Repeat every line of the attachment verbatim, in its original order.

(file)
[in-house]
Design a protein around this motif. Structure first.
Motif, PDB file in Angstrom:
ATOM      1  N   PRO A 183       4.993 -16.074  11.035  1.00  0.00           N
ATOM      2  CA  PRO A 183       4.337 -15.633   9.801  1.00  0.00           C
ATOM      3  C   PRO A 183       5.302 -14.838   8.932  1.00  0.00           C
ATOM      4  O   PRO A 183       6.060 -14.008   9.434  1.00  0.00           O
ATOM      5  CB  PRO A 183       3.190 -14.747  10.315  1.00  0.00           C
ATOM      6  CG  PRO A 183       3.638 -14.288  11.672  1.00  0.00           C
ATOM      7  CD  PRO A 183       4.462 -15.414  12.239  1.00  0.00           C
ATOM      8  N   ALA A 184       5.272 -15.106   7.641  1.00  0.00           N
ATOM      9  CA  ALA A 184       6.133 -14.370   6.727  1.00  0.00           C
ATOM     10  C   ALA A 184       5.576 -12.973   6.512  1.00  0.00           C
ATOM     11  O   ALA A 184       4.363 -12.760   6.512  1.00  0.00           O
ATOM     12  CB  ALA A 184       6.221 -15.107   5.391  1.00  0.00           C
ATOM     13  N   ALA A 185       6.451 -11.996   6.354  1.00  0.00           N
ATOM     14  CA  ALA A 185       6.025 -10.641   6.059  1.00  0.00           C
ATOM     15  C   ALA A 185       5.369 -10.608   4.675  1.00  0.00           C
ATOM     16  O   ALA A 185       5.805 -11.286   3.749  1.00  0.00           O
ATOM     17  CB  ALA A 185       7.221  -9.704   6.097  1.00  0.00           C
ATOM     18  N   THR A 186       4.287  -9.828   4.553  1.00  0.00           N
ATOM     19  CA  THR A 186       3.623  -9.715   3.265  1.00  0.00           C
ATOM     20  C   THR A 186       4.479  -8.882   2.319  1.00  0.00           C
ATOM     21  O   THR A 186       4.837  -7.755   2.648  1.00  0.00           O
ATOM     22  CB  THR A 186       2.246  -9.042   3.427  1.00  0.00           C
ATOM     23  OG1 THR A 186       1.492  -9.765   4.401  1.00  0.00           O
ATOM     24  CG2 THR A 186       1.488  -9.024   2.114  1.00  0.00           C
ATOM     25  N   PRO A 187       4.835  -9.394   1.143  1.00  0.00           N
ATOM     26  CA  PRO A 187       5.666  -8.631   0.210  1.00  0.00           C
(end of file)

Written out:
[in-house]
Design a protein around this motif. Structure first.
Motif, PDB file in Angstrom:
ATOM      1  N   PRO A 183       4.993 -16.074  11.035  1.00  0.00           N
ATOM      2  CA  PRO A 183       4.337 -15.633   9.801  1.00  0.00           C
ATOM      3  C   PRO A 183       5.302 -14.838   8.932  1.00  0.00           C
ATOM      4  O   PRO A 183       6.060 -14.008   9.434  1.00  0.00           O
ATOM      5  CB  PRO A 183       3.190 -14.747  10.315  1.00  0.00           C
ATOM      6  CG  PRO A 183       3.638 -14.288  11.672  1.00  0.00           C
ATOM      7  CD  PRO A 183       4.462 -15.414  12.239  1.00  0.00           C
ATOM      8  N   ALA A 184       5.272 -15.106   7.641  1.00  0.00           N
ATOM      9  CA  ALA A 184       6.133 -14.370   6.727  1.00  0.00           C
ATOM     10  C   ALA A 184       5.576 -12.973   6.512  1.00  0.00           C
ATOM     11  O   ALA A 184       4.363 -12.760   6.512  1.00  0.00           O
ATOM     12  CB  ALA A 184       6.221 -15.107   5.391  1.00  0.00           C
ATOM     13  N   ALA A 185       6.451 -11.996   6.354  1.00  0.00           N
ATOM     14  CA  ALA A 185       6.025 -10.641   6.059  1.00  0.00           C
ATOM     15  C   ALA A 185       5.369 -10.608   4.675  1.00  0.00           C
ATOM     16  O   ALA A 185       5.805 -11.286   3.749  1.00  0.00           O
ATOM     17  CB  ALA A 185       7.221  -9.704   6.097  1.00  0.00           C
ATOM     18  N   THR A 186       4.287  -9.828   4.553  1.00  0.00           N
ATOM     19  CA  THR A 186       3.623  -9.715   3.265  1.00  0.00           C
ATOM     20  C   THR A 186       4.479  -8.882   2.319  1.00  0.00           C
ATOM     21  O   THR A 186       4.837  -7.755   2.648  1.00  0.00           O
ATOM     22  CB  THR A 186       2.246  -9.042   3.427  1.00  0.00           C
ATOM     23  OG1 THR A 186       1.492  -9.765   4.401  1.00  0.00           O
ATOM     24  CG2 THR A 186       1.488  -9.024   2.114  1.00  0.00           C
ATOM     25  N   PRO A 187       4.835  -9.394   1.143  1.00  0.00           N
ATOM     26  CA  PRO A 187       5.666  -8.631   0.210  1.00  0.00           C